Thompson Island (TI) is an island in Rehoboth Bay, Delaware comprised of 4,400 linear feet of unarmored shoreline along its western, southern, and eastern shorelines. Thompson Island is located on state-owned property in Sussex County, Delaware on the north end of Rehoboth Bay (Bay), a bar-built inlet estuary. Thompson Island is designated as a nature preserve, the highest level of land protection in Delaware, and is protected by the Department of Natural Resources and Environmental Control (DNREC) Division of Parks and Recreation. Straughan, under contract with Sovereign Consulting, Inc., assessed the area to inform the shoreline stabilization design and is currently preparing design plans, specifications and construction cost estimates for the Delaware Center for Inland Bays (CIB). The primary goals for the project are:
- Protection of significant archeologic resources located on the island;
- Reduction of public access by water to the island for the purposes of protecting the above noted resources;
- Long-term, resilient, nature-based stabilization for the shoreline;
- Protection of an existing State S1.1 plant (to date, only a single extant occurrence or population of this species is known to exist in the state);
- Enhancement of shoreline and nearshore habitat and associated ecological functions; and
- Water quality benefits.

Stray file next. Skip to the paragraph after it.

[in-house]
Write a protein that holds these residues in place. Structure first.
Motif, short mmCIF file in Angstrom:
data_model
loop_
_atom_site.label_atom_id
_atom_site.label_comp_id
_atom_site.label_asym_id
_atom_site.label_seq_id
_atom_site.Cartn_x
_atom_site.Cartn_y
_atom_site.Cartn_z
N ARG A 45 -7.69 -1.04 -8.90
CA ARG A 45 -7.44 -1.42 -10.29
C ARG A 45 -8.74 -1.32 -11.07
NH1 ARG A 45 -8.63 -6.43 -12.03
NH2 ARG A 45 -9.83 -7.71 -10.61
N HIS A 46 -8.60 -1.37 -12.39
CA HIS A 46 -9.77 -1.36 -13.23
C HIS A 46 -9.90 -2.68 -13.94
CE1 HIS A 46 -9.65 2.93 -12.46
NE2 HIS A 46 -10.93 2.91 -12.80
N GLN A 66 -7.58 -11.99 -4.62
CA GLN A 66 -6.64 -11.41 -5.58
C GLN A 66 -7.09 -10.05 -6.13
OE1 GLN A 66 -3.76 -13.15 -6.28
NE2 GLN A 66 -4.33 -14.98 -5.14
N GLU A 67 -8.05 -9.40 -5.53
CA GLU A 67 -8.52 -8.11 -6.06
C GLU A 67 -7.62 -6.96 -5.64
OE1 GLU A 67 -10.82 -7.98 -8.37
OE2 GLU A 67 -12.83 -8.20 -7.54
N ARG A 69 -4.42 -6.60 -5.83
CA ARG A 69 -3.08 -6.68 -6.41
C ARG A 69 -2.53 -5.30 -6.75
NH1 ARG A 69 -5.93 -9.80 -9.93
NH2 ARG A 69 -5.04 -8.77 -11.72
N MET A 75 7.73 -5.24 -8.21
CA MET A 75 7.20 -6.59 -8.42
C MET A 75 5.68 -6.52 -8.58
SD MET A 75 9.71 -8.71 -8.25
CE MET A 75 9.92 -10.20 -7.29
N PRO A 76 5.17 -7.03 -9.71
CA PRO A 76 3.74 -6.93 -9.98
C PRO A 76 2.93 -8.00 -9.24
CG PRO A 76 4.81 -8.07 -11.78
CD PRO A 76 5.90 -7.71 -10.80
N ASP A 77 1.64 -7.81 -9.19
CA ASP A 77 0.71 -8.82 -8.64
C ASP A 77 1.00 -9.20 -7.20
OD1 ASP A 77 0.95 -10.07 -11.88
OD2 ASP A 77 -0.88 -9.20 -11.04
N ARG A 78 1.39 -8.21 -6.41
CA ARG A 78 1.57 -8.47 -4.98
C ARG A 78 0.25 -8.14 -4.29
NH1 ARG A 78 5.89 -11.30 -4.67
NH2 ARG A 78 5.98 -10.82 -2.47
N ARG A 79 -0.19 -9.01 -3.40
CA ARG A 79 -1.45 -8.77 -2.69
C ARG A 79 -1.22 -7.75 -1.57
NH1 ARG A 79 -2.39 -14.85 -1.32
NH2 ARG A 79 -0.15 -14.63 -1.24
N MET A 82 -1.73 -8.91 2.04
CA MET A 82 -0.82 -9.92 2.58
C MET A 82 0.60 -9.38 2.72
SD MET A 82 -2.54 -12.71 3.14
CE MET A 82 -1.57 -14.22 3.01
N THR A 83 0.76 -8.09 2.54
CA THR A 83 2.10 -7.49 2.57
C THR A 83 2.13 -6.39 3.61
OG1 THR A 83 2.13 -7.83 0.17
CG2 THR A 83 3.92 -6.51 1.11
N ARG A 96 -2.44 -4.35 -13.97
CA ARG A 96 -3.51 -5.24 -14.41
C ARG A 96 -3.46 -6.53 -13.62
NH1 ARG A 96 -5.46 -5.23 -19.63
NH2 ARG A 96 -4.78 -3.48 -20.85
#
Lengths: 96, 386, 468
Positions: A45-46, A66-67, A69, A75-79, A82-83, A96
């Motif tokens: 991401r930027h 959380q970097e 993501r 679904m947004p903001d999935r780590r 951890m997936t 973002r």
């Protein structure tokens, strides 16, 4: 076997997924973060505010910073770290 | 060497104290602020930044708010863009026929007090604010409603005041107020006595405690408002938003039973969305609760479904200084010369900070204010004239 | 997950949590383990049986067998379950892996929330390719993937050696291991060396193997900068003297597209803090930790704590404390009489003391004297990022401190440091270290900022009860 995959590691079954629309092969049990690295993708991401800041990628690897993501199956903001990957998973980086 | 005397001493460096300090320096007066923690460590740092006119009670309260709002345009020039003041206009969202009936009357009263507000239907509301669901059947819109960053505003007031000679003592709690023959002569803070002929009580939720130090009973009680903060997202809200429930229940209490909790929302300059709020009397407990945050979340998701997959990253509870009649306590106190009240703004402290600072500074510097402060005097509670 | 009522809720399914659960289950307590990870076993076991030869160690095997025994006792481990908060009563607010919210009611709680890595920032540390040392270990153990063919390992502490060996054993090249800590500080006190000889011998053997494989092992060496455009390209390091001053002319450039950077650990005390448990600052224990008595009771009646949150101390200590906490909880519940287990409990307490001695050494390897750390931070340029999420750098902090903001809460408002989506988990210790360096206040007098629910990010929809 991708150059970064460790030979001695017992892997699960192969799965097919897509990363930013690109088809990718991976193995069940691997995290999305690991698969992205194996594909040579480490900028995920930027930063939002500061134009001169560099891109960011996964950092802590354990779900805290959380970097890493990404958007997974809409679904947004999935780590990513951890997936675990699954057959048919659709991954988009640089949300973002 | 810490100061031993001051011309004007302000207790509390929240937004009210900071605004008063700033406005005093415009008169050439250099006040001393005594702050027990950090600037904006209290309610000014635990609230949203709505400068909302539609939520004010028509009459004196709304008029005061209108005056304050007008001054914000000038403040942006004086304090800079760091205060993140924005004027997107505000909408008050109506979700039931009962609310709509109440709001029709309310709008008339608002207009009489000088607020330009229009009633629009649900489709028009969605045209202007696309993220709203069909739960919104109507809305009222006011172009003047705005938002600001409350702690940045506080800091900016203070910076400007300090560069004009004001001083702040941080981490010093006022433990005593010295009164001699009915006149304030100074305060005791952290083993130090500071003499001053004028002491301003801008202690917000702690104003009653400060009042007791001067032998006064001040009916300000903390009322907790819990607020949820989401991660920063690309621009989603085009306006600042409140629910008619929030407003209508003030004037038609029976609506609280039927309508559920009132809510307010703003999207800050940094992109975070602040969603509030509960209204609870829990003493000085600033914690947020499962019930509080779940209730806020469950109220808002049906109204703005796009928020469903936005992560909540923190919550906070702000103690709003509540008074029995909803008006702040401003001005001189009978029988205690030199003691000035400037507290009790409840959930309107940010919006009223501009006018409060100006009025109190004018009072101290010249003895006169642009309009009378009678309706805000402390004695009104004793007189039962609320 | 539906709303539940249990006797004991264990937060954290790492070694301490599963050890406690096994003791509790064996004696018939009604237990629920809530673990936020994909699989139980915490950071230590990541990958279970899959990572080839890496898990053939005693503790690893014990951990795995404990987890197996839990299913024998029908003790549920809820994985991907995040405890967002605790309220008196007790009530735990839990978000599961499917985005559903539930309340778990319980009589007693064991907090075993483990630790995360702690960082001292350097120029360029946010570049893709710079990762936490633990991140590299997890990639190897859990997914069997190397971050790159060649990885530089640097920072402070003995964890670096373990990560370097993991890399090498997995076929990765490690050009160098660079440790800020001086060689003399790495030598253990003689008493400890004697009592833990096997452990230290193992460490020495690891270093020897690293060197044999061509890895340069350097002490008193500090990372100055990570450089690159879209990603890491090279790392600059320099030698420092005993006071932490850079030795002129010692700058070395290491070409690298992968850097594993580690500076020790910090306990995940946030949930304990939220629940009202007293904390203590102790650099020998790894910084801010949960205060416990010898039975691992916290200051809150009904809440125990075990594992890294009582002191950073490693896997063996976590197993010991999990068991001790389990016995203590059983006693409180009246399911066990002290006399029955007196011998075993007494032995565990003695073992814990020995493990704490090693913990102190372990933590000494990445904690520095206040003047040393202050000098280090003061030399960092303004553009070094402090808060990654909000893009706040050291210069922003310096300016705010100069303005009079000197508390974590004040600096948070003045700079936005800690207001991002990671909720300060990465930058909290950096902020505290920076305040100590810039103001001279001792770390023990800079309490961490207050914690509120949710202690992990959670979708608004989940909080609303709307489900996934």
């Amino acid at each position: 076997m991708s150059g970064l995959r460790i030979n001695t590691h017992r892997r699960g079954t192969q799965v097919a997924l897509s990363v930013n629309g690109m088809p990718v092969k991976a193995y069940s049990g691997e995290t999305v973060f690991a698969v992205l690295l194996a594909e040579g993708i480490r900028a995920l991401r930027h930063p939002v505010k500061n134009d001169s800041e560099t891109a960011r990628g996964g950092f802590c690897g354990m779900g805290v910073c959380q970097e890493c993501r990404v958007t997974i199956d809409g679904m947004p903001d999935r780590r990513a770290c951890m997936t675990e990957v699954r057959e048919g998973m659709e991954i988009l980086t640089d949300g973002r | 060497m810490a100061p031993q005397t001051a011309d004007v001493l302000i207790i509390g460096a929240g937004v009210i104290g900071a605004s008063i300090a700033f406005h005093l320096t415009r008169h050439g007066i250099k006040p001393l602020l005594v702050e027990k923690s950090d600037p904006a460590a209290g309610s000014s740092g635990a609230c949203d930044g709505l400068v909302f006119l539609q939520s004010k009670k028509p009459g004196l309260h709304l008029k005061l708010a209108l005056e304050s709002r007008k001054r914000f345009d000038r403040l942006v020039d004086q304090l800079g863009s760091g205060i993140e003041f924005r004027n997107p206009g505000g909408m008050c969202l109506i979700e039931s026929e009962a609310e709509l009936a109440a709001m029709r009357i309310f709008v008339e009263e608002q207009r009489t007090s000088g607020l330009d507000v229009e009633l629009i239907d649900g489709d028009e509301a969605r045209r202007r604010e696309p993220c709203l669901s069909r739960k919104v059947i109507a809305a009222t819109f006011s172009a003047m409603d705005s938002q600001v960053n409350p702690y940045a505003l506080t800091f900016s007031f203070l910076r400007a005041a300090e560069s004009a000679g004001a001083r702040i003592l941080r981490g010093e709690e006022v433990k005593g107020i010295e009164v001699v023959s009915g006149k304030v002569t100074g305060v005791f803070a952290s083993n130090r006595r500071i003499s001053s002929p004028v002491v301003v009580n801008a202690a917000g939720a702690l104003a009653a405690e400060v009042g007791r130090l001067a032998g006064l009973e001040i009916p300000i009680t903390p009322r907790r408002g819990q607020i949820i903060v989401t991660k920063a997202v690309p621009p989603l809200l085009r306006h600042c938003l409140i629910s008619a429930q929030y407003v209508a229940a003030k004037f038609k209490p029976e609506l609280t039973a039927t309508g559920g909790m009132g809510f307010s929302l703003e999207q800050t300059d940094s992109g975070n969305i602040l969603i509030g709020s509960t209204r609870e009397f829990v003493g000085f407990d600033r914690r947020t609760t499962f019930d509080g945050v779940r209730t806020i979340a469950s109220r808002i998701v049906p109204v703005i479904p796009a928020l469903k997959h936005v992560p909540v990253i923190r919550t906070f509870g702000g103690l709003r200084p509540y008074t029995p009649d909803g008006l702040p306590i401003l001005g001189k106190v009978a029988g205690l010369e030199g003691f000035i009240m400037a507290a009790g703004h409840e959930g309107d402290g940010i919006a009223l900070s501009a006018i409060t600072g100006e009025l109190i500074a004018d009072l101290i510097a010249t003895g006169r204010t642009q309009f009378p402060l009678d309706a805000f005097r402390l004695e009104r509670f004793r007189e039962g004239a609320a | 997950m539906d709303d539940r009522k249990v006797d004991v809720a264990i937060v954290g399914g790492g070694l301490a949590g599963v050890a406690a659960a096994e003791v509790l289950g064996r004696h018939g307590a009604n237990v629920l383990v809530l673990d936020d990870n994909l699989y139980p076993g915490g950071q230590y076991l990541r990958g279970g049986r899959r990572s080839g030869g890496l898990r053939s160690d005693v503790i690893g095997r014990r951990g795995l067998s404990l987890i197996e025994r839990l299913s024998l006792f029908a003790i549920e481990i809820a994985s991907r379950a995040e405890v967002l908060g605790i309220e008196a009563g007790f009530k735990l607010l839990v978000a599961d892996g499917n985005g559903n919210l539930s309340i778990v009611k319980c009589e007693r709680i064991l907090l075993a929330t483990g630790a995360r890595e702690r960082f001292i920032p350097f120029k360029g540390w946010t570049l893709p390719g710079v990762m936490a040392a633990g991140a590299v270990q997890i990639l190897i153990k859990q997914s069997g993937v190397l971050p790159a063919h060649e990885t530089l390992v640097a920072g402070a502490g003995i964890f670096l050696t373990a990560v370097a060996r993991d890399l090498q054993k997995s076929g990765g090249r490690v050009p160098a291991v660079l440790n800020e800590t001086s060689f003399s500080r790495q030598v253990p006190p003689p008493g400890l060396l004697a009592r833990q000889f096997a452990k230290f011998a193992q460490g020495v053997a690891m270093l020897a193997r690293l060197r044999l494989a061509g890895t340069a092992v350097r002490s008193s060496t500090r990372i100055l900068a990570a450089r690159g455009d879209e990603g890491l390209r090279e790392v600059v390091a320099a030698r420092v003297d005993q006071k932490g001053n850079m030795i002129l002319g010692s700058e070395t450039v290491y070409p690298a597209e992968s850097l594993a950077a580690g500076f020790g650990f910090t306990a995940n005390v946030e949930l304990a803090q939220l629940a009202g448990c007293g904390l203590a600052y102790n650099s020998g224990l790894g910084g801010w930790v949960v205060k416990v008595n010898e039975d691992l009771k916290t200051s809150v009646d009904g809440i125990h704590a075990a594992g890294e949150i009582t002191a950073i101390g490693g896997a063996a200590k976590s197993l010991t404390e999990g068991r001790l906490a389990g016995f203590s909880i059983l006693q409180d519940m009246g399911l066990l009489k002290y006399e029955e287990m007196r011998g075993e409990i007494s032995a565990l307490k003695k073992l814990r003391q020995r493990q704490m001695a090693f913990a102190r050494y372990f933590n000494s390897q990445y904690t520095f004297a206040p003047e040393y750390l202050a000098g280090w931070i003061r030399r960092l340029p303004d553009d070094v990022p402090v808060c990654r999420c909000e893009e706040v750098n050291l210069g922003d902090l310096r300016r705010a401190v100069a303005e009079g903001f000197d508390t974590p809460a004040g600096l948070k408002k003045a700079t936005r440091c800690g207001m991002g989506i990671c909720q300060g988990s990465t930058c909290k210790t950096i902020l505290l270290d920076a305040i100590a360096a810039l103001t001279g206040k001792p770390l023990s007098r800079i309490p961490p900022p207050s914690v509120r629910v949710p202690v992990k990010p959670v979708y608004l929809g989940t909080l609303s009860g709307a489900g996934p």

Thus far, Straughan has provided data collection, desktop shoreline assessments, field data collection, data analysis and development of concept through 60% design solutions for shoreline stabilization, including cost estimates and specifications. Field data collection included aerial photography using drone. As an accepted Total Maximum Daily Load (TMDL) implementation strategy for both nutrient and sediment load reduction, State and local jurisdictions are increasingly turning to nature-based shorelines as a stabilization technique along tidal waters. Nature-based shorelines projects protect shorelines from erosion while maintaining natural shorelines processes that increase water quality and sustain living resources. Based on the varying degrees of energy encountered at each of the shorelines, Straughan is using low-, medium- and high-energy tactics at each of the shorelines. Low-energy tactics in the form of a shell bag sill/toe marsh protection are proposed along the western shoreline where encountered energy is primarily a result of vessel wake from the canal. Medium-energy tactics in the form of a nearshore array of concrete oyster castles are proposed along the eastern shoreline where the primary cause of erosion is from waves occurring during normal tidal conditions and low to moderate storm events. High energy tactics, in the form of a nearshore array of 3.5 to 5 ft high prefabricated concrete artificial reefs are proposed along the southern shoreline where the erosion from waves is highest and the bluff requires protection. They will be deployed in a manner that will interact and dampen the larger wave vectors. These structures will also provide a secondary benefit of accreting particulates being carried in the water column. Structure heights are proposed to address projected future sea level rise to 2050.